About Clinical Trials

Overview

Wake Forest Baptist Medical Center (WFBMC) conducts hundreds of clinical trials every year in an effort to detect, treat and prevent disease. Clinical trials conducted at WFBMC are managed by professionals, including an MD or PhD faculty with specific expertise in the disease area, who have research experience.

Before a clinical trial can begin at WFBMC, it must go through a rigorous review process conducted by the WFBMC Institutional Review Board (IRB) to ensure the safety, rights, and welfare of human subjects are protected.

Clinical Trials at WFBMC are sponsored by pharmaceutical companies, the National Institutes of Health (NIH), the National Cancer Institute (NCI), and many other organizations.

Types of Clinical Research

Clinical trials are research studies conducted in people to determine whether treatments are safe and effective. Clinical trials are the best way for researchers to find new ways to detect, slow, treat and hopefully someday prevent diseases.

What's the difference between a clinical trial and a clinical study?

Clinical trials are sometimes referred to as clinical studies. While clinical trials technically refer only to those clinical studies involving drugs and other therapies aimed at slowing or stopping a disease, the terms are often used interchangeably.

There are five common types of clinical trials/studies:

  1. Treatment trials to test new treatments or new combinations of treatments
  2. Diagnostic studies to find new tests or procedures for diagnosing a disease or condition
  3. Prevention trials to investigate ways to prevent the onset of diseases
  4. Screening studies to test methods to identify diseases or conditions at the earliest stages
  5. Quality of life studies to look at different ways to improve quality of life for individuals who have a chronic illness

Treatment Trials

Perhaps the best known clinical studies are those that test new treatments. Before a new drug or treatment can be approved by the FDA, it has to go through three phases of clinical trials. Most of the time, a clinical trial is designed to compare a new therapy with the best-known existing therapy for the disease being studied. When there is no proven treatment to use as a comparison, researchers are likely to compare the new drug with a placebo, which is a sugar pill or other inactive substance that has no treatment value but is made to look like the new drug in development.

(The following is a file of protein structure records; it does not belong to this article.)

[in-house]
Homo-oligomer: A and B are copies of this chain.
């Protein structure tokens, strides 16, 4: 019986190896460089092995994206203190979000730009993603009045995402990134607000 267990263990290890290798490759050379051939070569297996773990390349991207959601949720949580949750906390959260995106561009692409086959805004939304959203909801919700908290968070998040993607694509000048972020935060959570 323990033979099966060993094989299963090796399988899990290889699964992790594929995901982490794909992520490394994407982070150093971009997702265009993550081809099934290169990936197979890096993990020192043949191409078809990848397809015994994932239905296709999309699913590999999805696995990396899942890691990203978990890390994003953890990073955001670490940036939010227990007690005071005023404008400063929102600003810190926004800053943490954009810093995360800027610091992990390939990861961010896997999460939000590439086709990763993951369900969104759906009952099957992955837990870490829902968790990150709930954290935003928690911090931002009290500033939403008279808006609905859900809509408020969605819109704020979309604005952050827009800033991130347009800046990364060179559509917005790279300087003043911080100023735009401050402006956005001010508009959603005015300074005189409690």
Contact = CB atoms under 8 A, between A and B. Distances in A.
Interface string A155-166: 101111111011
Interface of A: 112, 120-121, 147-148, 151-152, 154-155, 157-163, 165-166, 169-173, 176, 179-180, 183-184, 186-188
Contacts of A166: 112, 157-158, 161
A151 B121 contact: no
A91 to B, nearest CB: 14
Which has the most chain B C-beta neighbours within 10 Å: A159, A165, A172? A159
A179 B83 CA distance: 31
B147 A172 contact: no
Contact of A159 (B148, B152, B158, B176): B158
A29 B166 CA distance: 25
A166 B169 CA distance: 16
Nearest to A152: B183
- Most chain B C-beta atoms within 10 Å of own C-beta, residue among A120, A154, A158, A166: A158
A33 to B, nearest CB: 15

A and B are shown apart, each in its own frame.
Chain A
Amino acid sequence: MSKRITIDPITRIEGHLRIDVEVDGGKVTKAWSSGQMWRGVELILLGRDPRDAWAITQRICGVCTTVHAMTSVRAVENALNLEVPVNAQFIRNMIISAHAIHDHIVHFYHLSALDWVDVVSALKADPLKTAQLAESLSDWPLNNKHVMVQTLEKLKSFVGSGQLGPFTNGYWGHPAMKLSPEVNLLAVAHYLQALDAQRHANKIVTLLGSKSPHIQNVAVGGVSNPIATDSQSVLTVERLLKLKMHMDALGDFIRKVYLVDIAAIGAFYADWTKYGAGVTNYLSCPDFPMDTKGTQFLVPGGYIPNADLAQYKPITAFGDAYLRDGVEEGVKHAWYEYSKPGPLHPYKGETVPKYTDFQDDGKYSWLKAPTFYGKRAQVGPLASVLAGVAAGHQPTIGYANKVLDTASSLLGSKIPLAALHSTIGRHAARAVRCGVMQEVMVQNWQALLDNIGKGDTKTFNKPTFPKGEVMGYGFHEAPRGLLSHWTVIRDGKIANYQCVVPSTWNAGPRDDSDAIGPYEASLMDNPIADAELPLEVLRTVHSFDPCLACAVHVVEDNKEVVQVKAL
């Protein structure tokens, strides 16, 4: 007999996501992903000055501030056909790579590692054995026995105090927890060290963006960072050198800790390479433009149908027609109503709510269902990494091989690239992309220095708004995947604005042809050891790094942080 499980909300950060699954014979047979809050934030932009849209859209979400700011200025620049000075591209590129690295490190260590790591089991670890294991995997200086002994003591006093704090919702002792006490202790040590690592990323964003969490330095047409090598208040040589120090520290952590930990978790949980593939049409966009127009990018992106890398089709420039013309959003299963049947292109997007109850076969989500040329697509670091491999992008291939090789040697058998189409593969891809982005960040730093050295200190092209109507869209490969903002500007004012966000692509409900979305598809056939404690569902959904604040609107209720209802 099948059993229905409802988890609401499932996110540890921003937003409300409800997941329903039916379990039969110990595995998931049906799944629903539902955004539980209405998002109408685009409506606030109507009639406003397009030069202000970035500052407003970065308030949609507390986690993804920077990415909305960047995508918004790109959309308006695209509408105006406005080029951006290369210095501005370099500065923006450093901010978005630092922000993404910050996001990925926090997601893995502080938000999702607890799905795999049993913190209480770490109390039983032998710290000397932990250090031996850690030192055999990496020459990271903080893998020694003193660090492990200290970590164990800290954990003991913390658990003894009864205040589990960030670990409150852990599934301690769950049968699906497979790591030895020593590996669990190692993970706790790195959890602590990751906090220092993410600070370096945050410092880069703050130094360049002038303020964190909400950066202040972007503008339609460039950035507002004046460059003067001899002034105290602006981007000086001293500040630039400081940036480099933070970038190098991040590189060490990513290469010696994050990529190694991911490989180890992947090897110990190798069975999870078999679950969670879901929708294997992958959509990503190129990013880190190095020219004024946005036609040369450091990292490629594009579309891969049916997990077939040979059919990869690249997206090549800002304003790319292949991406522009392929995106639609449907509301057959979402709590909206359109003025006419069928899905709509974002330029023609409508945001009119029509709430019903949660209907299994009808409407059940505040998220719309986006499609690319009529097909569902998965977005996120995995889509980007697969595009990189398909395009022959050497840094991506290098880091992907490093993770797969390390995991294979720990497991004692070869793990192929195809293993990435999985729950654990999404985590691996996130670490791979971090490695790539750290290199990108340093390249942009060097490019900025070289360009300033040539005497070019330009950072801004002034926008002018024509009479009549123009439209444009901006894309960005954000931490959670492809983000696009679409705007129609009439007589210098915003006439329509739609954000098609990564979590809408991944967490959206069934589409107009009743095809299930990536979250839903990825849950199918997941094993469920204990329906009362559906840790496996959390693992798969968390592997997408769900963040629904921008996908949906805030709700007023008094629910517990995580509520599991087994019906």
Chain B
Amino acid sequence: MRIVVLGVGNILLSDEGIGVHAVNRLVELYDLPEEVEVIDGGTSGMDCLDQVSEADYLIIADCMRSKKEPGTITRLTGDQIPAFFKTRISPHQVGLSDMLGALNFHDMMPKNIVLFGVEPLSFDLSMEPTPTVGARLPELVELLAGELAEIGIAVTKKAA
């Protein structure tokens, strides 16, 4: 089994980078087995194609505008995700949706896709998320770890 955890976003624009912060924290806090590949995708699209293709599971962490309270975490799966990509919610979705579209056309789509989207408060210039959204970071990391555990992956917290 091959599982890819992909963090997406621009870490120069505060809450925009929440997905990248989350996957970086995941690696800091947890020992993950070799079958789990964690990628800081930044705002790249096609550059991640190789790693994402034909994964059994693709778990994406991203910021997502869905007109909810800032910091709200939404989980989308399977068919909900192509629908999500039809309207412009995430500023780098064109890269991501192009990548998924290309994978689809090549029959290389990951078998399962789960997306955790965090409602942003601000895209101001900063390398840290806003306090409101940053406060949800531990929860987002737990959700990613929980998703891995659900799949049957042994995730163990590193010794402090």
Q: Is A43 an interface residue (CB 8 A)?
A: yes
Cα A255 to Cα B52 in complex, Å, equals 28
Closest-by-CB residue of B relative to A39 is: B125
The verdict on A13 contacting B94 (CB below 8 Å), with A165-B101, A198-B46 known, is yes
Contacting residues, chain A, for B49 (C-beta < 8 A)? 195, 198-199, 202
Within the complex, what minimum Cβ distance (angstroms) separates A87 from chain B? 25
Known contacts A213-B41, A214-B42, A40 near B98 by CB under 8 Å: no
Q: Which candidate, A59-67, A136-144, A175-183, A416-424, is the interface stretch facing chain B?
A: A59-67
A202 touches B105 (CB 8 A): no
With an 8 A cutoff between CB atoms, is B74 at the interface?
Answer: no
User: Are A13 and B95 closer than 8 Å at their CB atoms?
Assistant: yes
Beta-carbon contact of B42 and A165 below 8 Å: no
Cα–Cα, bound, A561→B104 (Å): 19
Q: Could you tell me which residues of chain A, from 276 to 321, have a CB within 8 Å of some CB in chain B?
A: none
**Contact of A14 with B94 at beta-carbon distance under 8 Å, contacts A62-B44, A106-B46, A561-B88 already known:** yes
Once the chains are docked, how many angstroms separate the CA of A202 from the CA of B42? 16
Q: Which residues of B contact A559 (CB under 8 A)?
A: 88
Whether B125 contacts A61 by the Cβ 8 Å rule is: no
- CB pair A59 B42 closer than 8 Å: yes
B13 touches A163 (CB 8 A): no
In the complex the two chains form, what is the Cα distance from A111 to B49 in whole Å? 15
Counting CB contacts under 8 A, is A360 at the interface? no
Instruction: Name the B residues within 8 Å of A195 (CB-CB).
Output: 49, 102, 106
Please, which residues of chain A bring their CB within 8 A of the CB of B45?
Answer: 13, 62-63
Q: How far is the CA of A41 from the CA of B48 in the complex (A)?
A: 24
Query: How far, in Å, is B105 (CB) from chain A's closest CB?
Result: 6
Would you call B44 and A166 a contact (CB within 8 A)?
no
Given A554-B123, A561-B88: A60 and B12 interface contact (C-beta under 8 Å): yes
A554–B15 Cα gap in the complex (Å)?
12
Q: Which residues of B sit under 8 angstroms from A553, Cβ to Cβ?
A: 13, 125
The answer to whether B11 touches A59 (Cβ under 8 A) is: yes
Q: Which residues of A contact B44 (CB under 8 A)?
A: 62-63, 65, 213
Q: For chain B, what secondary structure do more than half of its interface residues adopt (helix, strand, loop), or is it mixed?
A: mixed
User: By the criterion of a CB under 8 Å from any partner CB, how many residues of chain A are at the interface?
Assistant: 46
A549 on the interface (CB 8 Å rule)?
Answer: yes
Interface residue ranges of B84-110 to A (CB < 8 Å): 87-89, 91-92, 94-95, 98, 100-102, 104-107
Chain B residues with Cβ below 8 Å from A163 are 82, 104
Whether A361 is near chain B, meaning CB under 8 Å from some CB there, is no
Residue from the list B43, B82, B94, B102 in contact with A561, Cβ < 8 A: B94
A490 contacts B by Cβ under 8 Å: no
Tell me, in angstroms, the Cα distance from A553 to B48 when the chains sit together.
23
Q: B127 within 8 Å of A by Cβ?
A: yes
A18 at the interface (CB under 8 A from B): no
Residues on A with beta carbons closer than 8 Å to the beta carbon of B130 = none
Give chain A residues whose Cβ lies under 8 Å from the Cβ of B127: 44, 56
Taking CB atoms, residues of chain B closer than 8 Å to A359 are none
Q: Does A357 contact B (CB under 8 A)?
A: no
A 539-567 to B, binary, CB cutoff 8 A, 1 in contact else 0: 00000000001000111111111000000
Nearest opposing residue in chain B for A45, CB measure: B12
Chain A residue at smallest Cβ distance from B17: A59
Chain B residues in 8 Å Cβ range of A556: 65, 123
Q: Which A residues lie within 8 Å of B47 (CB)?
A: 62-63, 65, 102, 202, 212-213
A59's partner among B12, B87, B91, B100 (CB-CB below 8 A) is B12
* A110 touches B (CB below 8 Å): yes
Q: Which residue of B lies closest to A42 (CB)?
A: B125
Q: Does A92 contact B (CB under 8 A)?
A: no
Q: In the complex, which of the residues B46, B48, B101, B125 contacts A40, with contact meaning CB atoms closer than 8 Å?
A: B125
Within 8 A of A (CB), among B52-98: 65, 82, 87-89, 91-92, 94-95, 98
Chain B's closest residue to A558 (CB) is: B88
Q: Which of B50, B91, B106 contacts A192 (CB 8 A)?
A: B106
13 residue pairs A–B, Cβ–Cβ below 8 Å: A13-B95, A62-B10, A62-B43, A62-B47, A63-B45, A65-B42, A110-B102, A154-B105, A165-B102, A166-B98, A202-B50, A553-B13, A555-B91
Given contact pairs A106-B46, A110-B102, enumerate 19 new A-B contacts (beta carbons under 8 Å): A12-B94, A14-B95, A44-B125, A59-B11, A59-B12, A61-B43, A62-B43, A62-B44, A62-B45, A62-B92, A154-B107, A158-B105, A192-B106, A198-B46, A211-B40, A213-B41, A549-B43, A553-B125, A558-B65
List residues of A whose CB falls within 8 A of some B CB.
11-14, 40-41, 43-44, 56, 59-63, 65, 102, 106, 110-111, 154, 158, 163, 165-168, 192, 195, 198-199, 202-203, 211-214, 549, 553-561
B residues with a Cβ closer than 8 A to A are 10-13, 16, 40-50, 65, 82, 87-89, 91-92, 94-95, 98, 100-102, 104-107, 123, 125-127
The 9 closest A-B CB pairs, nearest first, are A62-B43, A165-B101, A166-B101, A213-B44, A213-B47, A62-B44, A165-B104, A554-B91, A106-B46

Diagnostic Studies

Many clinical studies focus on finding better ways to accurately diagnose diseases. These studies will hopefully lead to a trusted and easy-to-apply method that enables physicians to diagnose persons at risk for various diseases — even before symptoms appear — and begin treatment.

Prevention Trials

Researchers look for ways to stop disease from developing, often times in groups of people identified as being at higher risk. This type of study looks at whether a certain medication, vitamin or lifestyle change (for example, healthy eating or exercise) might prevent disease.

Screening Studies

Researchers also look for ways to detect disease as early as possible. Being able to diagnosis disease early on provides an opportunity for care planning and to receive as much benefit as possible from current treatments.

Quality of Life Studies

Researchers try to better understand and address the needs of people with disease and their caregivers. The goal of such studies is to figure out what types of support, education or training solve some of the challenges faced by people and their caregivers.

Disclaimer: The information on this website is for general informational purposes only and SHOULD NOT be relied upon as a substitute for sound professional medical advice, evaluation or care from your physician or other qualified health care provider.